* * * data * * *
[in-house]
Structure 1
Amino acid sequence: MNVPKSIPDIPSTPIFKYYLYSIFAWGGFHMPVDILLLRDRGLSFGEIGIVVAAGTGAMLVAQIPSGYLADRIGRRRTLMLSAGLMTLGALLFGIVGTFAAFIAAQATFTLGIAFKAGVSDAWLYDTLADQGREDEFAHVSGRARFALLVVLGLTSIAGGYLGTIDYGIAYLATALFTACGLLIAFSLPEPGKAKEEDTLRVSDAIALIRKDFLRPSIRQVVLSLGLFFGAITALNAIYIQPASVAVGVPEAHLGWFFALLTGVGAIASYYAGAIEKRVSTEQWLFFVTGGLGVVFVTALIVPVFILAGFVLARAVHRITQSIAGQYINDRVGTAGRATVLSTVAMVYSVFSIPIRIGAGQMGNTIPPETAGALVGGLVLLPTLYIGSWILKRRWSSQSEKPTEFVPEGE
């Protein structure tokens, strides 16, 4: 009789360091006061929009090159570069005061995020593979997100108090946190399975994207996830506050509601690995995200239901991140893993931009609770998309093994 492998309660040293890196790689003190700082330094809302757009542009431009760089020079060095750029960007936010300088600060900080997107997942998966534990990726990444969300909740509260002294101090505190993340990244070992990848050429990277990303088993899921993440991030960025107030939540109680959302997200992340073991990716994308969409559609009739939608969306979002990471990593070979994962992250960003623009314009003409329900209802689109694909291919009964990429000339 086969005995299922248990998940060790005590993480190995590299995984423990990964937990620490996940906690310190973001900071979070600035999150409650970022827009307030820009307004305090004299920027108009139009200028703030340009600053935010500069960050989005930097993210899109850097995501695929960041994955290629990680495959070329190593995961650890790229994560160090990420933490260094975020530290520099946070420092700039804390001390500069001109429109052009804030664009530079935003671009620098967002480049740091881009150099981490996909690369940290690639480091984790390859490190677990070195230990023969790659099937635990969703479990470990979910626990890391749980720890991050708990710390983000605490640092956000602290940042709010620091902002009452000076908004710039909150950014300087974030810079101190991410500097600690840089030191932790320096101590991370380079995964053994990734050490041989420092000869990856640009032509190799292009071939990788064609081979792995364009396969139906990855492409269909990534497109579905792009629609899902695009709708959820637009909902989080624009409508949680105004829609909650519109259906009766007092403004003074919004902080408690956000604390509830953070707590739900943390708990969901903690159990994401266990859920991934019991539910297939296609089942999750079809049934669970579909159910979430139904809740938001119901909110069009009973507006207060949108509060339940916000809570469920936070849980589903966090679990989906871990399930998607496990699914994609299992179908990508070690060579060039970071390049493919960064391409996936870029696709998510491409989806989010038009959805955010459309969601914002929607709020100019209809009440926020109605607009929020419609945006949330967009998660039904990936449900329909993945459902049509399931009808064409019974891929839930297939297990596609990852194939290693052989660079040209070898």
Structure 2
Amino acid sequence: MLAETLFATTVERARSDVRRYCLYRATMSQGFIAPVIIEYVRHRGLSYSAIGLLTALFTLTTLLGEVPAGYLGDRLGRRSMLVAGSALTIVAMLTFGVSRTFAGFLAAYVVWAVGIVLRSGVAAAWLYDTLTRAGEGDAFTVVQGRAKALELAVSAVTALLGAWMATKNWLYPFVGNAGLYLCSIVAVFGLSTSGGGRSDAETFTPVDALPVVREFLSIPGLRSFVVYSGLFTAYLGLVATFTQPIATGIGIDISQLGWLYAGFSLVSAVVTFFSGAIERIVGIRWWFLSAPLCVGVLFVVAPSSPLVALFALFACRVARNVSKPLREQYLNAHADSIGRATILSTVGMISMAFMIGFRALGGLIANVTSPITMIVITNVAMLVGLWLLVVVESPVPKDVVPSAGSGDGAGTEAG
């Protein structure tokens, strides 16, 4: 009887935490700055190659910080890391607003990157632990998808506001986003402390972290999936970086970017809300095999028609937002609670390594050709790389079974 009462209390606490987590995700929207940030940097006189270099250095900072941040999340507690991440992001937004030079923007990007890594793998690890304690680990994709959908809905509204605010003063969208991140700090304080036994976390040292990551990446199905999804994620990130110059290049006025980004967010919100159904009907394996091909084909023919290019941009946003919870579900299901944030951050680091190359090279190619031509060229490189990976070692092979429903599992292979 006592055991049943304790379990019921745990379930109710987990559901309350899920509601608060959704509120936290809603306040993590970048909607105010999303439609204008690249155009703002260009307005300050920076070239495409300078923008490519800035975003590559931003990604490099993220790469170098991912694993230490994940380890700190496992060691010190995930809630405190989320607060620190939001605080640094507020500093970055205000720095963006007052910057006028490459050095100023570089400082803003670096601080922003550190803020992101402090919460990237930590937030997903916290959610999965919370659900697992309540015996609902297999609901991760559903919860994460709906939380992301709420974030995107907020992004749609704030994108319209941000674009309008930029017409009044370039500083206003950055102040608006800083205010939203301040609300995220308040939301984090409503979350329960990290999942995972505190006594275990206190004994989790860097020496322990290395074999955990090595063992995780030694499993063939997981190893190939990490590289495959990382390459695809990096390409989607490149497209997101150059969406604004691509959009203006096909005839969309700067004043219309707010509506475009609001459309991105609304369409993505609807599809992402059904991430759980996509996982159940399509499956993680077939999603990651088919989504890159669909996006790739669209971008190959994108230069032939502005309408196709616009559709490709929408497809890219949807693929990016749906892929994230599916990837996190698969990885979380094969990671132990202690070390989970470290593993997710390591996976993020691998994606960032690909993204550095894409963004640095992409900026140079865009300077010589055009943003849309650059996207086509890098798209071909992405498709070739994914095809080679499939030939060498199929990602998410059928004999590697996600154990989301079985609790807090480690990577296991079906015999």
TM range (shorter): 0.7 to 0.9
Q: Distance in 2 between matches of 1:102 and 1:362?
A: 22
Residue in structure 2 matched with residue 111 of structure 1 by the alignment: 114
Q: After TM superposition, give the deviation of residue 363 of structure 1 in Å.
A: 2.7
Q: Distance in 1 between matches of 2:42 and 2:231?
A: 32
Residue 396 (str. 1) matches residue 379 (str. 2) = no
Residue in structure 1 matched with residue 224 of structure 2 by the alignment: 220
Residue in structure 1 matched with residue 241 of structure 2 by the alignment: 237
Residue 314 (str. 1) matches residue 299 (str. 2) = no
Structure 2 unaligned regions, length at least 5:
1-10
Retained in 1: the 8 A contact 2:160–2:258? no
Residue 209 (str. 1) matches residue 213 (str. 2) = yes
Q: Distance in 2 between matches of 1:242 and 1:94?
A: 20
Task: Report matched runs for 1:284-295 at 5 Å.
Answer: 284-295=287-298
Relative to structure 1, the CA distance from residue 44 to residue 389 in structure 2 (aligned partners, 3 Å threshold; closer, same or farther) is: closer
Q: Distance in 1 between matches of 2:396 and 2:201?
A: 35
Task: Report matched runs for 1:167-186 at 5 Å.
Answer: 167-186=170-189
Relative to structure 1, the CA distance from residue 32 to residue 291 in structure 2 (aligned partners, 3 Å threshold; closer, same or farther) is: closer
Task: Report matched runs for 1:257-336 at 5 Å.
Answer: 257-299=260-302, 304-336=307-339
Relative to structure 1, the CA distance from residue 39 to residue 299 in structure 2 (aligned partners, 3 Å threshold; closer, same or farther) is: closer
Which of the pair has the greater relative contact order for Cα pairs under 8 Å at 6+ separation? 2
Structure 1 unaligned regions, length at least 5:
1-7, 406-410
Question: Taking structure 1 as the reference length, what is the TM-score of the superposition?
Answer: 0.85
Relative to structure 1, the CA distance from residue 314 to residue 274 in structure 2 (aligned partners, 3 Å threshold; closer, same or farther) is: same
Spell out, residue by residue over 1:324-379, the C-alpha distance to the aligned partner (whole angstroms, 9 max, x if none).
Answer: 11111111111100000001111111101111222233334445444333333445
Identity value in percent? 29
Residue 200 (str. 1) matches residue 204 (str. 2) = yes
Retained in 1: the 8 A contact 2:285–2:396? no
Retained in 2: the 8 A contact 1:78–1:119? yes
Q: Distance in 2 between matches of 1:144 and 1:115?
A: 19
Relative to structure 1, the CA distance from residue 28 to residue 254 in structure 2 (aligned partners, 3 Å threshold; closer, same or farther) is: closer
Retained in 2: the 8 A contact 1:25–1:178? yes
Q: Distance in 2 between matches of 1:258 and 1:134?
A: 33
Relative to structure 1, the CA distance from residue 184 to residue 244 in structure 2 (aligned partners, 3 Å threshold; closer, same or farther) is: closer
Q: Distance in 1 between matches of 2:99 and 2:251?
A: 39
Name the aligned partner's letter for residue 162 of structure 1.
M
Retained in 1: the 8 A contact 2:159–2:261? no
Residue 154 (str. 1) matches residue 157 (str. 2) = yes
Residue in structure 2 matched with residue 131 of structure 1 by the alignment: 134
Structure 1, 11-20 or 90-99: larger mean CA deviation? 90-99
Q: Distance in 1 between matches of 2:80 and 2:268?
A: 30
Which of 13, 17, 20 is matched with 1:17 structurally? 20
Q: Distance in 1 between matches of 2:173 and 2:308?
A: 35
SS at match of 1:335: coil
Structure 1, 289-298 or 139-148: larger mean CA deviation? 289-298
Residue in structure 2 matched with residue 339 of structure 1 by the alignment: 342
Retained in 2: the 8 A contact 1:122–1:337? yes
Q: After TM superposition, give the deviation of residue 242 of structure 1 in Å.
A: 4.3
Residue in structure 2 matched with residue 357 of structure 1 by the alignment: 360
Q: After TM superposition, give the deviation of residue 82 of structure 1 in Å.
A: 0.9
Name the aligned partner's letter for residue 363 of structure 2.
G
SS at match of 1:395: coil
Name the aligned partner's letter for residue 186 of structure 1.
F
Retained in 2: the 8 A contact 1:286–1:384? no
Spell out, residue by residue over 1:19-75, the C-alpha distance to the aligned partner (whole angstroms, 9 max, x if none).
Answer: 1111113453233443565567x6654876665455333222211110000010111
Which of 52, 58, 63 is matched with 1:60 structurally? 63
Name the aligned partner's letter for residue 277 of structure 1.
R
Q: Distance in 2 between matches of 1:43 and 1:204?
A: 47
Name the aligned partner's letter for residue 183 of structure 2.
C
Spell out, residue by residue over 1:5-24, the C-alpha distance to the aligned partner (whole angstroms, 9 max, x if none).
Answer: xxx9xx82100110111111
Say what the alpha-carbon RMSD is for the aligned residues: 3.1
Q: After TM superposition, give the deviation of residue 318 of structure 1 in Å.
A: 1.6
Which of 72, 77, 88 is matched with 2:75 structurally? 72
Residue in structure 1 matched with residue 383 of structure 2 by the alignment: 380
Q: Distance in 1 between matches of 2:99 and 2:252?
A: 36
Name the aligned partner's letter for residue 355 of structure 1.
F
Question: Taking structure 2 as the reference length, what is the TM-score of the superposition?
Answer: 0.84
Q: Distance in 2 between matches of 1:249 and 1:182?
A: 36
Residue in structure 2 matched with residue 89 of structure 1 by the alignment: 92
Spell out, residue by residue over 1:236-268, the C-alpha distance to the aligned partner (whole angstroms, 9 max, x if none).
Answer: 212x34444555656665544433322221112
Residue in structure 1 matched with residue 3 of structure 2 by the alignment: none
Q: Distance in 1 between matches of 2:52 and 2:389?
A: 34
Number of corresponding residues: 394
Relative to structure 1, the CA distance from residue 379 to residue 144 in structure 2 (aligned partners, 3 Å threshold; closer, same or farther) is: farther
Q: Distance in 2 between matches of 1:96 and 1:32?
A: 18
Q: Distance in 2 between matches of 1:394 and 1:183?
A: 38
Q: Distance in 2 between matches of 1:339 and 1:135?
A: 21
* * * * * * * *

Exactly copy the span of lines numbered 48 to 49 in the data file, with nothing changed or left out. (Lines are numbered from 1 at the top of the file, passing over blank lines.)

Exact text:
Retained in 2: the 8 A contact 1:78–1:119? yes
Q: Distance in 2 between matches of 1:144 and 1:115?